At the very least, I hope this newsletter is a way to take the measure of some time and reflect on it. Think of it as a pinch of consistency in the 21-Seasoning-Salute that is right now.

*(Although it bears mentioning that some of this extended discomfort is what change feels like, and some of the change that we are experiencing here in the United States, I think, is good.)

To The Culture!


Imploding The Mirage–The Killers

I’m recommending an album from The Killers; this is how I convince myself I don’t actually know what year it is. But actually, this record is real good. Like Bruce Springsteen and The E Street Band, but make it a circus where Brandon Flowers is both the master of ceremonies and the family of trapeze artists.

To Be Surrounded By Beautiful, Curious, Breathing, Laughing Flesh Is Enough–Deerhoof

I’ve been trying to get Michelle to headbang and play air instruments with me to Deerhoof’s math-y goodness for years, and I’m hoping this live record, from which all proceeds go to Black Lives Matter, will finally get her to do it.

(Hat tip to my good friend Max for both of these recommendations. Follow his journalistic and creative endeavors in his newsletter, a savage summation.)


I don’t know what frontwoman Alicia Bognanno is saying yet (I’m promise I’m trying to actually learn how to listen lyrics), but I love how it sounds. Can I call this Nashville garage punk? Yeah, it’s my newsletter—I sure can.

KEXP’s '“Variety Mix With Evie”

Seattle’s independent music radio station, KEXP, plays a lot of great stuff and Evie is our favorite DJ. (This week, Michelle wrote in and told her so, and Evie wrote back!) Her Sunday show is like having someone tarot read our musical tastes every week.


On this American political moment

The Most Tremendous Reelection Campaign In American History Ever

I will read anything and everything Olivia Nuzzi writes at this point. Her stories are the best mix of deeply-sourced timely reporting and wry humor. There are too many remarkable quotes and moments in this snapshot of the Trump Campaigns management shakeup and it’s midsummer ground game.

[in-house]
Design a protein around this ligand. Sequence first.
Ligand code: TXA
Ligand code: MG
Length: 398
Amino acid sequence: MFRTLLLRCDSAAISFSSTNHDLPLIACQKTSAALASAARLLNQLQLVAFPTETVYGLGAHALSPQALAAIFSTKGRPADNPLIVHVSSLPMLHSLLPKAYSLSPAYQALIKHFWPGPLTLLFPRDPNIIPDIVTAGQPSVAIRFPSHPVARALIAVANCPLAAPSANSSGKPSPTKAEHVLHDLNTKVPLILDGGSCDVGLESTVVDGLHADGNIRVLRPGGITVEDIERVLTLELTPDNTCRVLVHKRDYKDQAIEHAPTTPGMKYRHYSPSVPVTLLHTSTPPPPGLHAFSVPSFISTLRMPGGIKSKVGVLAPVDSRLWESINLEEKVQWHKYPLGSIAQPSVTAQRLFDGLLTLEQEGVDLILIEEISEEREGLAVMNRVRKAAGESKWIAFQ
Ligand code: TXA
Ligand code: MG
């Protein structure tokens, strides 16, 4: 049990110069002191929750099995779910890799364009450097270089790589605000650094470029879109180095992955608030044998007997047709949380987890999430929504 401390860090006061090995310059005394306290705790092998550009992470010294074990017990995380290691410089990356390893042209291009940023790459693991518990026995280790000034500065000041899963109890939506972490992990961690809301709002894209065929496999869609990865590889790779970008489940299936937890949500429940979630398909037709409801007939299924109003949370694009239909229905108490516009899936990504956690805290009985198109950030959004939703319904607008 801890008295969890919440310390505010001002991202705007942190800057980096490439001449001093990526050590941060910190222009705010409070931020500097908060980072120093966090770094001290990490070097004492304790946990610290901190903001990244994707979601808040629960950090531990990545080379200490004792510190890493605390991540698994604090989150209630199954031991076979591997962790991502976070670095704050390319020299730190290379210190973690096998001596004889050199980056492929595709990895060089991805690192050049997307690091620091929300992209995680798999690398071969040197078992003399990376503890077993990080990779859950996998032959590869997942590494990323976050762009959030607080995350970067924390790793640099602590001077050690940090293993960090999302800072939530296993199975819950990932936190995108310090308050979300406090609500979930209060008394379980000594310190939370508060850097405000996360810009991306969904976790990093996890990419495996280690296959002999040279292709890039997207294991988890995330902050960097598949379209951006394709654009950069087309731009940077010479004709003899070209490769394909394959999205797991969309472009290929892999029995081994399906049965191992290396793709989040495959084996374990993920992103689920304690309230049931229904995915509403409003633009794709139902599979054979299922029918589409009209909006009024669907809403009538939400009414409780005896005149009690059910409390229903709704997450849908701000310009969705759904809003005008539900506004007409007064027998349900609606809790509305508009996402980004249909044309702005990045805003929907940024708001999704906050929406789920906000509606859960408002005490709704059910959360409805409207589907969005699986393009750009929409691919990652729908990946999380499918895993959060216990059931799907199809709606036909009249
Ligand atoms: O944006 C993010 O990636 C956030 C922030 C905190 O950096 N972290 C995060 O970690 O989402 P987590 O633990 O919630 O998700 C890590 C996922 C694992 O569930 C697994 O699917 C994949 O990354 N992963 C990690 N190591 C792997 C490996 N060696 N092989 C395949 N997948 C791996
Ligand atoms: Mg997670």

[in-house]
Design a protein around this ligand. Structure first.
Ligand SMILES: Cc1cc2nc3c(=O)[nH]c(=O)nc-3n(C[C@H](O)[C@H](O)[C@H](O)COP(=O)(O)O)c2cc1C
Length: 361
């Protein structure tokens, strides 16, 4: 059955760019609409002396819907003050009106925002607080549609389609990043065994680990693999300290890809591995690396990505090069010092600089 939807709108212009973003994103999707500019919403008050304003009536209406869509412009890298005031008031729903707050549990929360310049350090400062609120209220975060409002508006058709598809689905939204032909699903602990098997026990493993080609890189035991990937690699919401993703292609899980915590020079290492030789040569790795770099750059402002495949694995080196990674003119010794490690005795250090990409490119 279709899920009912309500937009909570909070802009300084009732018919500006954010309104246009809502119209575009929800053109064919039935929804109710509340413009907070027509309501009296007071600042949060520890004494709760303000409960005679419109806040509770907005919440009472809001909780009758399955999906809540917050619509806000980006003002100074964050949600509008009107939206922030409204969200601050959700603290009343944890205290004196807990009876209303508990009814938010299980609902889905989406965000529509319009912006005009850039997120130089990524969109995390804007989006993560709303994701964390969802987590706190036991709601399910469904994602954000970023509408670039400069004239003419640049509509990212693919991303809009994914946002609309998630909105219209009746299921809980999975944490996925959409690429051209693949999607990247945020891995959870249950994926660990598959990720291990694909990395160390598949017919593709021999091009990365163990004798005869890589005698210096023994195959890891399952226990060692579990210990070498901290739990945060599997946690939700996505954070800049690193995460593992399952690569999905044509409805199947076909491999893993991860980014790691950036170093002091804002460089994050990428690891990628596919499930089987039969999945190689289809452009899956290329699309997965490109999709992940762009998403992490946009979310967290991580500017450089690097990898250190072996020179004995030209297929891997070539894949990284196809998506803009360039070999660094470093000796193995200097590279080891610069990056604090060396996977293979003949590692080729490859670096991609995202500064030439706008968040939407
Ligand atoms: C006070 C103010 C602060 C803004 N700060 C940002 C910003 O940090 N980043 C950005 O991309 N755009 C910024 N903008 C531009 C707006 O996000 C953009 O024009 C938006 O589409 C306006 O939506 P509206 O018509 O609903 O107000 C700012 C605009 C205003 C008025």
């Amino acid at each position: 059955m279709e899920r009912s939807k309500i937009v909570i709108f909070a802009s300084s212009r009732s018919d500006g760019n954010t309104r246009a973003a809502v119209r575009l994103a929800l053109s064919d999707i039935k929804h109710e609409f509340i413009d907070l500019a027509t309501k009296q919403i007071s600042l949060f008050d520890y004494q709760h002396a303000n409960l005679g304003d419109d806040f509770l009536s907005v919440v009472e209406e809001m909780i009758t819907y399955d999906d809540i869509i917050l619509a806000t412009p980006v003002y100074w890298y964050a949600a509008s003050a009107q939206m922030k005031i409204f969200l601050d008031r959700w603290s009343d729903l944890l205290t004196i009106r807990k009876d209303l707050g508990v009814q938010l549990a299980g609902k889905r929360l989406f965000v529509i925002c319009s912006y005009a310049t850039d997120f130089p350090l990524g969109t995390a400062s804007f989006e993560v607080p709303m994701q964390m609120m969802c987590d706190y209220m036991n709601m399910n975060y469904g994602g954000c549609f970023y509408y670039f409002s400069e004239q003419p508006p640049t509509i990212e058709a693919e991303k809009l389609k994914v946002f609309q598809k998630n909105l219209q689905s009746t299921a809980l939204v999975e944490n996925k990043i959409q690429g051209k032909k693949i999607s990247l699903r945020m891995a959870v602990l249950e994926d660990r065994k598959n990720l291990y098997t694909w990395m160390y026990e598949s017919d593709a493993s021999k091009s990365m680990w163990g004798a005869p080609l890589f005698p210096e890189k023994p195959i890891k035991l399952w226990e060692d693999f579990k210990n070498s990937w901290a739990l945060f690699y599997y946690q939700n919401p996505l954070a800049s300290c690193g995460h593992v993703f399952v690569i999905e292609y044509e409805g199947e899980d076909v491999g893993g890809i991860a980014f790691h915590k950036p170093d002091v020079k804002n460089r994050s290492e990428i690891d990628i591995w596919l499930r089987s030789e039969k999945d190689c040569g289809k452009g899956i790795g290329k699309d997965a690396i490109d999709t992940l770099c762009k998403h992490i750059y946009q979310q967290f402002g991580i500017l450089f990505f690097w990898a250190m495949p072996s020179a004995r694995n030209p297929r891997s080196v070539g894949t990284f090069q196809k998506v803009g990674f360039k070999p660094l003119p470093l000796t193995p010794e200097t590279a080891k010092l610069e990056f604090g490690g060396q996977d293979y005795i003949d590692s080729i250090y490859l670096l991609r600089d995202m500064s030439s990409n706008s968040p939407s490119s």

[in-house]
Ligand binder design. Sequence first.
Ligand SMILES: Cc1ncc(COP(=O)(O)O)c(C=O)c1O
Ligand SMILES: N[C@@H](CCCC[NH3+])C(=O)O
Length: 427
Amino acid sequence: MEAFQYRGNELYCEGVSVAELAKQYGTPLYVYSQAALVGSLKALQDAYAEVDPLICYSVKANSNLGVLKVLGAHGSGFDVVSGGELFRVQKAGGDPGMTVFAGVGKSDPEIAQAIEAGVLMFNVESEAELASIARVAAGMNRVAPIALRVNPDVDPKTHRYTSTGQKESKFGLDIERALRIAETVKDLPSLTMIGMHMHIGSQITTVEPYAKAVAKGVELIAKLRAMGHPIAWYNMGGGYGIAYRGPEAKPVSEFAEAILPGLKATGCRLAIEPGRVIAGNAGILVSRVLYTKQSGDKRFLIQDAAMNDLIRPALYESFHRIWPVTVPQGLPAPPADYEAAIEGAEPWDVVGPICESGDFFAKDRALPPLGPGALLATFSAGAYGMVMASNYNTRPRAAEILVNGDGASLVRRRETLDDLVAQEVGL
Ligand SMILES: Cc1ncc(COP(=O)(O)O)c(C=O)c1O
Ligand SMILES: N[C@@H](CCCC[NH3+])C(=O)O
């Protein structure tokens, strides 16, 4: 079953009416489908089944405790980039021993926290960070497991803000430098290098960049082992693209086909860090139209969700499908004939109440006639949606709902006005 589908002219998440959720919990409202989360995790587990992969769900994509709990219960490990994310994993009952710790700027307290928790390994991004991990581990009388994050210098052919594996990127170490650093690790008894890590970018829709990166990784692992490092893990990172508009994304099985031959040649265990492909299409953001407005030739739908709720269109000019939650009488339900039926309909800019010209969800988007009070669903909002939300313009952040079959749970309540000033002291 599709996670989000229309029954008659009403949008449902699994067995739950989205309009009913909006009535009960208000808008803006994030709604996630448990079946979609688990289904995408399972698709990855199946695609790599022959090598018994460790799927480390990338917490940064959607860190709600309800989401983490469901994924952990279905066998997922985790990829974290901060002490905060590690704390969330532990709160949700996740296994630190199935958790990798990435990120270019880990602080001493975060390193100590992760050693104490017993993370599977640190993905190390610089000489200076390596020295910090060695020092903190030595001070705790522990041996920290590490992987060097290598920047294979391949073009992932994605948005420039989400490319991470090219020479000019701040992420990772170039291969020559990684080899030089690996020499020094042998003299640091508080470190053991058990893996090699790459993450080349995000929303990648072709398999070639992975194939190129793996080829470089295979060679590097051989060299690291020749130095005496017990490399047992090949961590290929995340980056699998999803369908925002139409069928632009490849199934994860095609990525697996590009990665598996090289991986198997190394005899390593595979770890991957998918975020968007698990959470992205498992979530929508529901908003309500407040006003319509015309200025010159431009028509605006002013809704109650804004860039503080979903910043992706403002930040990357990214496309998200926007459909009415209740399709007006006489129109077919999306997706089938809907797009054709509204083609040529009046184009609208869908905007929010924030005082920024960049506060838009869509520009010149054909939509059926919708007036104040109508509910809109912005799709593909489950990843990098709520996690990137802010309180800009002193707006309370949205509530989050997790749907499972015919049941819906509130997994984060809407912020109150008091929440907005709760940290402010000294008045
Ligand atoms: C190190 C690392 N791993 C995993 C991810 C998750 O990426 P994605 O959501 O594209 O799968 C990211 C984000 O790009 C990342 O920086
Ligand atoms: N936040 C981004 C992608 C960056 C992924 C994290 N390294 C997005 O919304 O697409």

The Glory Of The Rollcall

Anne Helen Petersen announced her departure from Buzzfeed News last week, and with it came a rebrand of her (often linked here) newsletter. the collected ahp is now Culture Study, and one of Petersen’s first issues on her new, full-time banner is refreshing look at one night of the DNC.

NBA games are postponed tonight. What happens now? And what can Celtics fans do?

As the NBA’s wildcat strike broke on Wednesday this past week, I did a blog about listening to the players and supporting them.

Online learning? Or infotainment?

What Is MasterClass Actually Selling?

Carina Chocano’s exploration of the glossy celebrity-driven learning platform considers whether the product is actually teaching people stuff, or if it’s just making them think they’re learning. Pulling back the curtain on my job for a minute—when I look at online learning experiences, I always ask how the creators measure success. Are people walking away from a class able to do something or feeling something different?

I can’t fucking believe Chadwick Boseman died

It’s Hard To Make Dignity Interesting. Chadwick Boseman Found A Way.

Wesley Morris, another one of my cultural critique heroes, on the late star of Black Panther and his ability to make us feel.


This show is trash

Netflix’s Selling Sunset, of which there are somehow already three seasons, is a dumpster fire of fake people selling houses that no one should be able to afford. And boy does it go down smooth. This show got me yelling at television the way I yell at bad movies.

Wouldn’t it be better if it was Person State?

As Michelle and I watched 1200 boys take on the Texas state capitol building and the UT campus in jeans and white shirts, she remarked (quite rightly, I think) that the toxic masculinity was overwhelming. Apple TV’s new documentary captures the 2018 edition of Texas Boys State, which is a weeklong in-person crash course in civics for teenagers.

As always, a reminder that Sunday On A Whim is a passion project. Please excuse the occasional half-baked sentence or silly typo.